The customs authorities said there was a near-record 23.8-billion-dollar trade surplus in February, almost 10 times the year earlier figure and certain to spark more protests that China keeps the yuan deliberately undervalued to gain an export advantage.
China's surplus last year soared 74 percent to hit a record 177.5 billion dollars but some economists are pencilling in 230 billion dollars for 2007.
February exports totalled 82.1 billion dollars, up 51.7 percent from a year earlier, while imports increased 13.1 percent to 58.3 billion dollars, the General Administration of Customs said.
The trade surplus is a major bone of contention with China's trade partners, especially the United States which claims a weak yuan is a major contributor to the problem and the February data could worsen the atmosphere.
So how will the surplus issue be addressed? (can this be called a surplus problem?).
One answer is to revalue the RMB or to at least allow the so-called managed float to be a little less managed. Reading the suggestions below reminded me of ECON101 teaching. It will be interesting to see if or by how much the trading bands are widened to.
I suspect we will see much larger surpluses in the future. What is more interesting is what China plans to do with this surpluses. See next post.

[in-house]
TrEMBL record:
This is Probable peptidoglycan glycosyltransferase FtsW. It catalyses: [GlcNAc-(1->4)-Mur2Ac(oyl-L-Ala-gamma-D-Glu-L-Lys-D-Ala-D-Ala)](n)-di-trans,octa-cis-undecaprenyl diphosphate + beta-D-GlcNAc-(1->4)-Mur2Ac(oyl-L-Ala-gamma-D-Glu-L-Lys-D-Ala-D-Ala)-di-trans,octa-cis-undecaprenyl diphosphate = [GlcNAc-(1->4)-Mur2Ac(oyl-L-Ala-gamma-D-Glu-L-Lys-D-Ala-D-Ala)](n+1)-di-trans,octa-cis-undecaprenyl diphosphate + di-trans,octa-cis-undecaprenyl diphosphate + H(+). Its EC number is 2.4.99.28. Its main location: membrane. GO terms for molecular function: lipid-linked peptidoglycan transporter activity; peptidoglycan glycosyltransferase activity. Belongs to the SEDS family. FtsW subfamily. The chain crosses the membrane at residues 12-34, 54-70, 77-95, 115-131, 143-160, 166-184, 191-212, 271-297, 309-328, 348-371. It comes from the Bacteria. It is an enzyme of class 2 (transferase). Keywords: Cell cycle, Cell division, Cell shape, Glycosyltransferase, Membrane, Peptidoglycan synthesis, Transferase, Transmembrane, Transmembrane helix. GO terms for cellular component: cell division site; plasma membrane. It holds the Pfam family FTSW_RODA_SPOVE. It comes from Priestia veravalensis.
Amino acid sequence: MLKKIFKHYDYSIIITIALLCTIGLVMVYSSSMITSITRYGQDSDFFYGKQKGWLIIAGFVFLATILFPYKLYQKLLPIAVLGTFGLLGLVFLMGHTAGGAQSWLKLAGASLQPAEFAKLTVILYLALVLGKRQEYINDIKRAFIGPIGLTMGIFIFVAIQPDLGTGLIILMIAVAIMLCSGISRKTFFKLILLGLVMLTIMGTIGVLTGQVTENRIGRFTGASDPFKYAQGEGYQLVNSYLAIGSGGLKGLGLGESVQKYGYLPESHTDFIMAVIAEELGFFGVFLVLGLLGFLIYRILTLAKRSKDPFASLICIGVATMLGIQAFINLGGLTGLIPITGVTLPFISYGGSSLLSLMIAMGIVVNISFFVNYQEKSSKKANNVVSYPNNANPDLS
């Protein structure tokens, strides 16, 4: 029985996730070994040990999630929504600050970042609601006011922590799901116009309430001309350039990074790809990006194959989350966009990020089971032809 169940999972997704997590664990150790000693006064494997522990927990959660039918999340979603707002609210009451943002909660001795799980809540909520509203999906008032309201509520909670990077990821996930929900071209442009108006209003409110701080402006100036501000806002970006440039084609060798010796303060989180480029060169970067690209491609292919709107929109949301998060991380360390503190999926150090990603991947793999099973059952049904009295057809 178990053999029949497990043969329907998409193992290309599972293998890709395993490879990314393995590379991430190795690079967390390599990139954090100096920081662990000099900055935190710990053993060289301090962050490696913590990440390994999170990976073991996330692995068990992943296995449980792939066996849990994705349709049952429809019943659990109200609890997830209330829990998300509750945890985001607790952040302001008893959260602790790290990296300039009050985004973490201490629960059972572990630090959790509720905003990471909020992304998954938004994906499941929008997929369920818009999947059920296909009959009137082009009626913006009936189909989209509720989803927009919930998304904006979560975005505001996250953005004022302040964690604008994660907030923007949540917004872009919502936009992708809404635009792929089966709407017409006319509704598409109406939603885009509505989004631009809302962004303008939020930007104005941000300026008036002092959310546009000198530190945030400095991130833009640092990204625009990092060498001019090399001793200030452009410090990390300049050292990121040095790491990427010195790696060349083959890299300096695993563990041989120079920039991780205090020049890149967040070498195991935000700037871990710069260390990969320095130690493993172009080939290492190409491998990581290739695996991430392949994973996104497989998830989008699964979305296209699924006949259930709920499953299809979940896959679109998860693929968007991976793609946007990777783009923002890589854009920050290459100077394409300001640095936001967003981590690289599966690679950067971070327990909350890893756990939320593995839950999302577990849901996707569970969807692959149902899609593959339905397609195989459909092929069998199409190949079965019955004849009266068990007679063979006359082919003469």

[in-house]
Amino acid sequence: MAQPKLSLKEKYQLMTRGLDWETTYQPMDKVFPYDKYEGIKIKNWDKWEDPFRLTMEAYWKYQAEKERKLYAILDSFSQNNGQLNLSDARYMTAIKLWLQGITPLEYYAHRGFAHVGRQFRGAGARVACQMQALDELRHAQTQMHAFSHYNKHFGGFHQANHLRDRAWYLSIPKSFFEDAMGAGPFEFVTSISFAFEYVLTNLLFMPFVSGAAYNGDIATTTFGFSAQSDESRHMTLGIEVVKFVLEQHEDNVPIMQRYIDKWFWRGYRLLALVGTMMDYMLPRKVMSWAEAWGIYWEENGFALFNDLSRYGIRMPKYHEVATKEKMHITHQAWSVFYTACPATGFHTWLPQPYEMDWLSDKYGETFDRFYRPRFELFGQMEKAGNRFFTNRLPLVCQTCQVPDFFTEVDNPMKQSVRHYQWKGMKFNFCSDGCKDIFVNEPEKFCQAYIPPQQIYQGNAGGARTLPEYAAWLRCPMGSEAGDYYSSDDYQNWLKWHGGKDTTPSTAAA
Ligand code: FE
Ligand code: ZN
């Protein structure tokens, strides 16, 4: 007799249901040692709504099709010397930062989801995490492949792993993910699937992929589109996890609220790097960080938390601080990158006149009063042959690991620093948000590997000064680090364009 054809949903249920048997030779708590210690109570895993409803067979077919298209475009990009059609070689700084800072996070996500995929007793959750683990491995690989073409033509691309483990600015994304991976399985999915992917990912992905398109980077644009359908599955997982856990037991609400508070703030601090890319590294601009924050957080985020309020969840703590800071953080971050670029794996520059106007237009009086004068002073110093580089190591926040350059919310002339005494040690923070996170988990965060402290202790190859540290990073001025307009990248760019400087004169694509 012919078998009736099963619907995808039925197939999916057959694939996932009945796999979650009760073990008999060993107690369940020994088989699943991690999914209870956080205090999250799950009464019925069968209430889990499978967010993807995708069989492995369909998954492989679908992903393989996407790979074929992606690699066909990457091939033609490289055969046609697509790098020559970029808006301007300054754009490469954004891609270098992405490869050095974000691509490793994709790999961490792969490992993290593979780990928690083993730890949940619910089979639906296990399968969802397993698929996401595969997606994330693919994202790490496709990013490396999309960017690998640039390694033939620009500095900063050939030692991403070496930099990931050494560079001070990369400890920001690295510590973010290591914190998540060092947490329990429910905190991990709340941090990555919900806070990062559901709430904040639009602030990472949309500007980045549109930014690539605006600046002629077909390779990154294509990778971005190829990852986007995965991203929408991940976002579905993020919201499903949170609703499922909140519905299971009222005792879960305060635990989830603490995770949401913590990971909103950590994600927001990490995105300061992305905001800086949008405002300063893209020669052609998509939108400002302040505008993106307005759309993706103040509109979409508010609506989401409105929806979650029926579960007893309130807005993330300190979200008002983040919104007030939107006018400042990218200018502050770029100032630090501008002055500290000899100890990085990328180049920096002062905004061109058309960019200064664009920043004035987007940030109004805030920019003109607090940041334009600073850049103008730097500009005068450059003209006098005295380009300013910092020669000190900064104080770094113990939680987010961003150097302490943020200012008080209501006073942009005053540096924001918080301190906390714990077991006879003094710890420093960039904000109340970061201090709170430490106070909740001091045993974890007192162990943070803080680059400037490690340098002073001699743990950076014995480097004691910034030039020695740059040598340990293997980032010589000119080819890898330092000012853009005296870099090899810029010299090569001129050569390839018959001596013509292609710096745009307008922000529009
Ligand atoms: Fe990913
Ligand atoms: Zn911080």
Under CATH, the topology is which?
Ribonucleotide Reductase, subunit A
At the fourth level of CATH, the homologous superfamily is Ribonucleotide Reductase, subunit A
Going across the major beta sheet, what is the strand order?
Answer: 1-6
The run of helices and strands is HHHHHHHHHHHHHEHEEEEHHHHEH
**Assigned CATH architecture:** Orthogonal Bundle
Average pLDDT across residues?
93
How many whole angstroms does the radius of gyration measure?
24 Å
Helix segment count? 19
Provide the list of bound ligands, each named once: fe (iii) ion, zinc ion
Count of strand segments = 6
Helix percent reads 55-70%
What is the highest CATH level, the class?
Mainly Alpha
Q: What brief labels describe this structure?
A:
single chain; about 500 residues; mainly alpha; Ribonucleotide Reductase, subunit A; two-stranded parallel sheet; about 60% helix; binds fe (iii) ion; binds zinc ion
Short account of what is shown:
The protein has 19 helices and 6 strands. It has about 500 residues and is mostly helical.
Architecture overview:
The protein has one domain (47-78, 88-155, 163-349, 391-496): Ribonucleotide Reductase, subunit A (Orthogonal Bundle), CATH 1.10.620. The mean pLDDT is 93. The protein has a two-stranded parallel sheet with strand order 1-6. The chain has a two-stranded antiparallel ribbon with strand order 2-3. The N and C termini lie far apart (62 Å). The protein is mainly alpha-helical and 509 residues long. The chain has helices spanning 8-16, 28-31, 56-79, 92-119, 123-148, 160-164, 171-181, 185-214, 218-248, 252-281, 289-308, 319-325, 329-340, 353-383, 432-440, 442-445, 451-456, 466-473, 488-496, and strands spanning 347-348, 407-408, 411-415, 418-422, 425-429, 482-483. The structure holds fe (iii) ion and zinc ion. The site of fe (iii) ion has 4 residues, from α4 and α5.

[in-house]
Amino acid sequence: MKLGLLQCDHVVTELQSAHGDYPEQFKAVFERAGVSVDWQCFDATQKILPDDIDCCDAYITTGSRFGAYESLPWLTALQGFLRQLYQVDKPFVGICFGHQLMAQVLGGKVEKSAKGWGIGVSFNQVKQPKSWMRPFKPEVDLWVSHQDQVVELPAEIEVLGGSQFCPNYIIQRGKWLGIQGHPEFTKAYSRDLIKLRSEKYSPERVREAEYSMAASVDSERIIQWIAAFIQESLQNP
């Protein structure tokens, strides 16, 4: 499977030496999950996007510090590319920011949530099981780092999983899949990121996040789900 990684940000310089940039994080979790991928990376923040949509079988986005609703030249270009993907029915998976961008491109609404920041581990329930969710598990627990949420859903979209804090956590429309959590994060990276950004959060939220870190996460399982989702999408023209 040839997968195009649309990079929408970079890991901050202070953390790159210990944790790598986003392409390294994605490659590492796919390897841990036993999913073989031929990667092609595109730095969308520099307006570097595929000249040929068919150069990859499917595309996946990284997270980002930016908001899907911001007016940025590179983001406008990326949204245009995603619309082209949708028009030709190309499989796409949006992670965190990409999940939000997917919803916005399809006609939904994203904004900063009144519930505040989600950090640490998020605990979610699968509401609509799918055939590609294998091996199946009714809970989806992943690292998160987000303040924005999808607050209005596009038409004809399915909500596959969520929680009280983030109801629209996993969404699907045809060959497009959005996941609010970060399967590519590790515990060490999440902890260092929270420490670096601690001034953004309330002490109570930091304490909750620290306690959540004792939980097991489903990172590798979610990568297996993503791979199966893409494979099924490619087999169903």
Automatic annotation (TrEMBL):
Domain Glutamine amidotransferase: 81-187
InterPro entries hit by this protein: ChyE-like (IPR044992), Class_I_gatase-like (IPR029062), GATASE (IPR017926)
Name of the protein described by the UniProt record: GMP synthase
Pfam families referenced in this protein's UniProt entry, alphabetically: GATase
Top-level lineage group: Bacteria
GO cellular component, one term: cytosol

In an apparent bid to address overseas pleas to address the surplus, central bank governor Zhou Xiaochuan said Monday that exchange rate policies could go some way toward tackling the problem.
"As a supplementary policy, exchange rate policy can have a certain function as price leverage and can help adjust the balance between imports and exports," Zhou told reporters at a briefing.
A statement issued alongside Zhou's appearance before the press and dealing with objectives for 2007 suggested slightly more vigorous application of this leverage in the year ahead.
"The managed floating exchange rate regime will be further improved and the flexibility of the exchange rate will be enhanced," the statement said.
"(We will) keep the exchange rate basically stable at an adaptive and equilibrium level," it said, repeating a standard formula.
The managed floating exchange rate regime is China's way of describing a system which still appears to many observers to be tightly controlled by the authorities.
In July 2005, China delinked the yuan from the dollar and since then it has risen by nearly seven percent against the US unit, including a 2.1 percent revaluation at the time of the decision.
The yuan was also set in a daily trading band against the dollar of 0.3 percent either side of a base rate set by the authorities. In practice, daily changes have not come anywhere near that modest amount, sparking protests that Beijing still keeps the yuan on a very tight rein.
Even as the central bank promised a more flexible yuan, Zhou on Monday gave no direct indication of concrete measures, such as whether the trading band might be expanded.